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Acute Effects of Dietary Ginger on Quadriceps Muscle Pain during Moderate-Intensity Cycling Exercise

Christopher D. Black and Patrick J. O’Connor

Ginger has known hypoalgesic and anti-inflammatory properties. The effects of an oral dose of ginger on quadriceps muscle pain, rating of perceived exertion (RPE), and recovery of oxygen consumption were examined during and after moderateintensity cycling exercise. Twenty-five college-age participants ingested a 2-g dose of ginger or placebo in a double-blind, crossover design and 30 min later completed 30 min of cycling at 60% of VO2peak. Quadriceps muscle pain, RPE, work rate, heart rate (HR), and oxygen uptake (VO2) were recorded every 5 min during exercise, and HR and VO2 were recorded for 20 min after exercise. Compared with placebo, ginger had no clinically meaningful or statistically significant effect on perceptions of muscle pain, RPE, work rate, HR, or VO2 during exercise. Recovery of VO2 and HR after the 30-min exercise bout followed a similar time course in the ginger and placebo conditions. The results were consistent with related findings showing that ingesting a large dose of aspirin does not acutely alter quadriceps muscle pain during cycling, and this suggests that prostaglandins do not play a large role in this type of exercise-induced skeletal-muscle pain. Ginger consumption has also been shown to improve VO2 recovery in an equine exercise model, but these results show that this is not the case in humans.

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Regulating Sport for the Non-Human Athlete: Horses for Courses

Chrysostomos Giannoulakis

By Jonathan G. Merritt. Published in November 2018 by Lexington Books, Lantham, MA, USA The author set out to examine the overall power structure and regulatory framework of equine-related sports. The author took a holistic approach to that matter by illustrating the current status quo of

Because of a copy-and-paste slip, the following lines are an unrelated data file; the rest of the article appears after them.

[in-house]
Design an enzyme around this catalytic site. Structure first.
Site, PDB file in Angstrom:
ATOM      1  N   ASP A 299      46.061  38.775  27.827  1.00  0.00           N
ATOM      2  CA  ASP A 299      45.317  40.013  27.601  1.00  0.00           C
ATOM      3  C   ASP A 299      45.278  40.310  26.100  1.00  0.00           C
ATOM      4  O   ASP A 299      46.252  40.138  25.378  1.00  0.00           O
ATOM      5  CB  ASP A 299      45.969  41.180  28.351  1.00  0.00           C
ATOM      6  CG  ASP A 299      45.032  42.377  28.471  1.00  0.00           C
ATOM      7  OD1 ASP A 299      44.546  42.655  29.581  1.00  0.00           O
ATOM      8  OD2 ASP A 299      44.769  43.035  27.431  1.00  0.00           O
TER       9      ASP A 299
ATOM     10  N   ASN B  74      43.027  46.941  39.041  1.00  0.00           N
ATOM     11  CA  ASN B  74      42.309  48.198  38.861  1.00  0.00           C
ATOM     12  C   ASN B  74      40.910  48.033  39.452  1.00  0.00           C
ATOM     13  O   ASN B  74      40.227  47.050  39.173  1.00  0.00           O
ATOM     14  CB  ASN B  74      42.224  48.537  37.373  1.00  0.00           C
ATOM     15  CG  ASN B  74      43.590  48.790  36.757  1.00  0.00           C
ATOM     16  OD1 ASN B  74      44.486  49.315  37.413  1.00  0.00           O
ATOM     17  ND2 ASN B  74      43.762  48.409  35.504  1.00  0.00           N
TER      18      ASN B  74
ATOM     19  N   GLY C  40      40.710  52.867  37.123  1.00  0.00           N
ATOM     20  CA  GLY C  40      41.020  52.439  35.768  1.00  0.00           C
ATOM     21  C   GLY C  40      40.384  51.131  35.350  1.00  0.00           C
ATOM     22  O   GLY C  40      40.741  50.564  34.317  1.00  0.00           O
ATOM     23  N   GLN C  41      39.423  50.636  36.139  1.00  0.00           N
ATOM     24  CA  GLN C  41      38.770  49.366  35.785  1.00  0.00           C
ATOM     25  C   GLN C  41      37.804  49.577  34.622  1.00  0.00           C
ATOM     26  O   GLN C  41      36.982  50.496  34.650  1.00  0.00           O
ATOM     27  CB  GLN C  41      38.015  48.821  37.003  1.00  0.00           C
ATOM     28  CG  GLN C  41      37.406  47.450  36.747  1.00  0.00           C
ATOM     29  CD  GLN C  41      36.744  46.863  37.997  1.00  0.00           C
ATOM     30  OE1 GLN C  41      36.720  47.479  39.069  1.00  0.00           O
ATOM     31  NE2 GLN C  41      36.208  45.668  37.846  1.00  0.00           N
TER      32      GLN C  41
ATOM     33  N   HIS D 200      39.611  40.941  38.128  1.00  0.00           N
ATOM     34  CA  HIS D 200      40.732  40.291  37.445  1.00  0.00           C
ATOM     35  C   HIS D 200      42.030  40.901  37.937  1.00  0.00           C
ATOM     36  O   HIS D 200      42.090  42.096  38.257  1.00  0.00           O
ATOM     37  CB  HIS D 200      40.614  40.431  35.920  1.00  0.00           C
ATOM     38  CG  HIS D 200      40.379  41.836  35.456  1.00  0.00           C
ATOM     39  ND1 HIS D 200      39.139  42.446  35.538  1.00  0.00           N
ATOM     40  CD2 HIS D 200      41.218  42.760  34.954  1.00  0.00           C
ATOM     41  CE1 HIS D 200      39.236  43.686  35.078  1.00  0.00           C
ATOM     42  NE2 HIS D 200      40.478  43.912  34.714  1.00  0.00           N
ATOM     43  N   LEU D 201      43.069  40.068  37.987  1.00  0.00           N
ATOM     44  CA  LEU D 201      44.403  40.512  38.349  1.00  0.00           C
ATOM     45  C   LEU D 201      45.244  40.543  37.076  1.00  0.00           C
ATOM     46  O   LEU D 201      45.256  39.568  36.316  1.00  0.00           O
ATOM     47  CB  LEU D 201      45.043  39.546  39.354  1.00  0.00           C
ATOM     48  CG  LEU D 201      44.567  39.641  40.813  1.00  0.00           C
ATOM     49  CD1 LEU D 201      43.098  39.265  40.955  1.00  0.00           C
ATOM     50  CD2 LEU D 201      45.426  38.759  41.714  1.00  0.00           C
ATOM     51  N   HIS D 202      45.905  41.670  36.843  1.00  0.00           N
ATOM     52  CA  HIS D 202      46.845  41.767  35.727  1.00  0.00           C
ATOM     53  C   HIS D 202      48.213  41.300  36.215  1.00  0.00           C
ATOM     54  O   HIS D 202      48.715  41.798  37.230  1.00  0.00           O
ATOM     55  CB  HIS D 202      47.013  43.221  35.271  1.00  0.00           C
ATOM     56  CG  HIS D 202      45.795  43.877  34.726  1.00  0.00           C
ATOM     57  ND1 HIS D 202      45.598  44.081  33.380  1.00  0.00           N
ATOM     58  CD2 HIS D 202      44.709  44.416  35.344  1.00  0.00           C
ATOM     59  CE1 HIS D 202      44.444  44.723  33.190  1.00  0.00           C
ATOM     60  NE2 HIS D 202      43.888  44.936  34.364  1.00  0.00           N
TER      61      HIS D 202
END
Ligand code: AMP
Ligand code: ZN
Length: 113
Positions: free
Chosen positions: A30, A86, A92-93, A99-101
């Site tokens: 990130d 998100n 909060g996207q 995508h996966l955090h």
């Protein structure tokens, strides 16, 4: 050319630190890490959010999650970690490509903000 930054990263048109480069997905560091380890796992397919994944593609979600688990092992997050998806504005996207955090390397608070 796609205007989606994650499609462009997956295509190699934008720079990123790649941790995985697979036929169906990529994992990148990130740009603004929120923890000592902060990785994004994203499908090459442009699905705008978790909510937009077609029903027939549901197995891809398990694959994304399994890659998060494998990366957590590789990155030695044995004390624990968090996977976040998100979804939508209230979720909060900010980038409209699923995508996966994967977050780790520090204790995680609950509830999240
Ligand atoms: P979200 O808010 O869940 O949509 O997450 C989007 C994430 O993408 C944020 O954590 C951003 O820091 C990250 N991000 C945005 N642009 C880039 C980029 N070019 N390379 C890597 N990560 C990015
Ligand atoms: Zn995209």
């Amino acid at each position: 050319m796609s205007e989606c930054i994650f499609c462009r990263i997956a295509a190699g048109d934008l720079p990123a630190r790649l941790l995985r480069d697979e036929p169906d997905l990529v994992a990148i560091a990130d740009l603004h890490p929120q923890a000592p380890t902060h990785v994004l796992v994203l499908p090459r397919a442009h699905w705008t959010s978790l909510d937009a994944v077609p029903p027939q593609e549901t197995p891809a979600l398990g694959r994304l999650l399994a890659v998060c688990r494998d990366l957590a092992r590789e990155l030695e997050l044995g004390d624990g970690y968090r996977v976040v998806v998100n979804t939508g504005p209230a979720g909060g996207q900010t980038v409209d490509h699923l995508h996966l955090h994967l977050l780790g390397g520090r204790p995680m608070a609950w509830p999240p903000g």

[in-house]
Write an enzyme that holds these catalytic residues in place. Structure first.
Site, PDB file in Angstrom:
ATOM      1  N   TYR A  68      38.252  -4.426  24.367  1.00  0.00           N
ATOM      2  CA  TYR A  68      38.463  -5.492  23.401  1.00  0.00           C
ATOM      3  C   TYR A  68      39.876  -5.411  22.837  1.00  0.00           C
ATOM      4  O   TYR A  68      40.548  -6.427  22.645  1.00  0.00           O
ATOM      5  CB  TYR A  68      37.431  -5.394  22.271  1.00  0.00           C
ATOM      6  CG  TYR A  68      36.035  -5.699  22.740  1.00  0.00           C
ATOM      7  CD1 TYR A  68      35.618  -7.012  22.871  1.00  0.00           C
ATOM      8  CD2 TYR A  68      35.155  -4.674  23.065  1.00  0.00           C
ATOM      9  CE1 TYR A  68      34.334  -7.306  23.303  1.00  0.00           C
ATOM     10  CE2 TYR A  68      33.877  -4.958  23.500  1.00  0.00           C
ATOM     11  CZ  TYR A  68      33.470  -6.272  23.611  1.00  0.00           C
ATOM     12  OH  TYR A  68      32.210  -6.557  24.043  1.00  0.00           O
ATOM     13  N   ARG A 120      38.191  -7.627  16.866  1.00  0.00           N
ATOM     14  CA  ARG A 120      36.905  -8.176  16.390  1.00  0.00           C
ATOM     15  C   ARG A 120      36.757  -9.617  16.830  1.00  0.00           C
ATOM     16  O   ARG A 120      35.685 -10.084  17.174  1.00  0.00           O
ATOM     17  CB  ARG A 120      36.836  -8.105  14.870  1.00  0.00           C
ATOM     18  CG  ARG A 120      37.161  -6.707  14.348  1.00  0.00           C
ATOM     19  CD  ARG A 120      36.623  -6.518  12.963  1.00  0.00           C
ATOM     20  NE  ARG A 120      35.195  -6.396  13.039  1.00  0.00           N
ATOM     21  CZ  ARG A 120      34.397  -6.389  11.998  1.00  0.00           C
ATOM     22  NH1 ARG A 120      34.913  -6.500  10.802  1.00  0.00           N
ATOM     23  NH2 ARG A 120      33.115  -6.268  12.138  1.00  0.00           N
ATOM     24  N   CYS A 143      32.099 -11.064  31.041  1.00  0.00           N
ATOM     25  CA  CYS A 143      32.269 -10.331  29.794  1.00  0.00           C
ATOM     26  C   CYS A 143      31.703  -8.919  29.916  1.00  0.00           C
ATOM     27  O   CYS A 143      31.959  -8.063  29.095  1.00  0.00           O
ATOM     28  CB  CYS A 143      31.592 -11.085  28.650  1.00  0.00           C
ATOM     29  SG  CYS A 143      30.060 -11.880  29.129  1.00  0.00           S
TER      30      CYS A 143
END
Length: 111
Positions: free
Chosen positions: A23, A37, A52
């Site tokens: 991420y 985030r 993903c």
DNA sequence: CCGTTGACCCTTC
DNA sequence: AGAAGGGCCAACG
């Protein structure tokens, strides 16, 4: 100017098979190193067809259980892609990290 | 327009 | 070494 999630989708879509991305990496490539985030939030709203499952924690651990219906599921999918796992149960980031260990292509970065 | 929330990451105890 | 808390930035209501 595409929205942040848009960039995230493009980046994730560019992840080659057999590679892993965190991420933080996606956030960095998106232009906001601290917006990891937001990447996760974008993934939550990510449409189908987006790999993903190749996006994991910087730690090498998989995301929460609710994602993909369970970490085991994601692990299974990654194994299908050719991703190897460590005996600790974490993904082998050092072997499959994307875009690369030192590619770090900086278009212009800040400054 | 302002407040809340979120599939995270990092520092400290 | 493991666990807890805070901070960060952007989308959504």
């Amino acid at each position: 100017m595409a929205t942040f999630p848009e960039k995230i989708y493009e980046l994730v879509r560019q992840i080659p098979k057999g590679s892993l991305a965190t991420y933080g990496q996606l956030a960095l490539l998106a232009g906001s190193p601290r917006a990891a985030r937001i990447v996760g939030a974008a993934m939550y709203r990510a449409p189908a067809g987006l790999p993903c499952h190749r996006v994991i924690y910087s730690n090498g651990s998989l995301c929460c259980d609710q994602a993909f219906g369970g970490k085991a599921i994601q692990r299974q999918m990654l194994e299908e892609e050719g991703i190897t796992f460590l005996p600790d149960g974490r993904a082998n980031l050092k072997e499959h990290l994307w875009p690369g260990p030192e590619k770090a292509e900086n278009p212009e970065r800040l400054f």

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Self-Reported Physical Activity and Perception of Athleticism in American Equestrian Athletes

Michaela M. Keener, Kimberly I. Tumlin, and Deirdre Dlugonski

disciplines that compromise equestrian activities, categorized into English, Western, short-burst activities (eg, Thoroughbred racing or vaulting), carriage driving, and equine-assisted services. The recreational population is estimated to be 90% female, with the average age of all participants between 35 and

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Lumbar Spine Loading During Dressage Riding

Catherine Mason and Matt Greig

, Bogisch S , Roepstorff L , van Weeren PR , Weishaupt MA . Relationship between the forces acting on the horse’s back and the movements of rider and horse while walking on a treadmill . Equine Vet J . 2010 ; 41 : 285 – 291 . doi:10.2746/042516409X397136 10.2746/042516409X397136 7. Jander CB

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Physiological Demands and Muscle Activity of “Track-Work” Riding in Apprentice Jockeys

Kylie A. Legg, Darryl J. Cochrane, Erica K. Gee, Paul W. Macdermid, and Chris W. Rogers

using Polar human and equine HR monitors attached via Bluetooth to their respective watches (Polar V800 sports watch) each containing a GPS unit at a sampling rate of 1 Hz. Linear accelerations and displacements of horse and jockey were determined via synchronized wireless, triaxial accelerometers with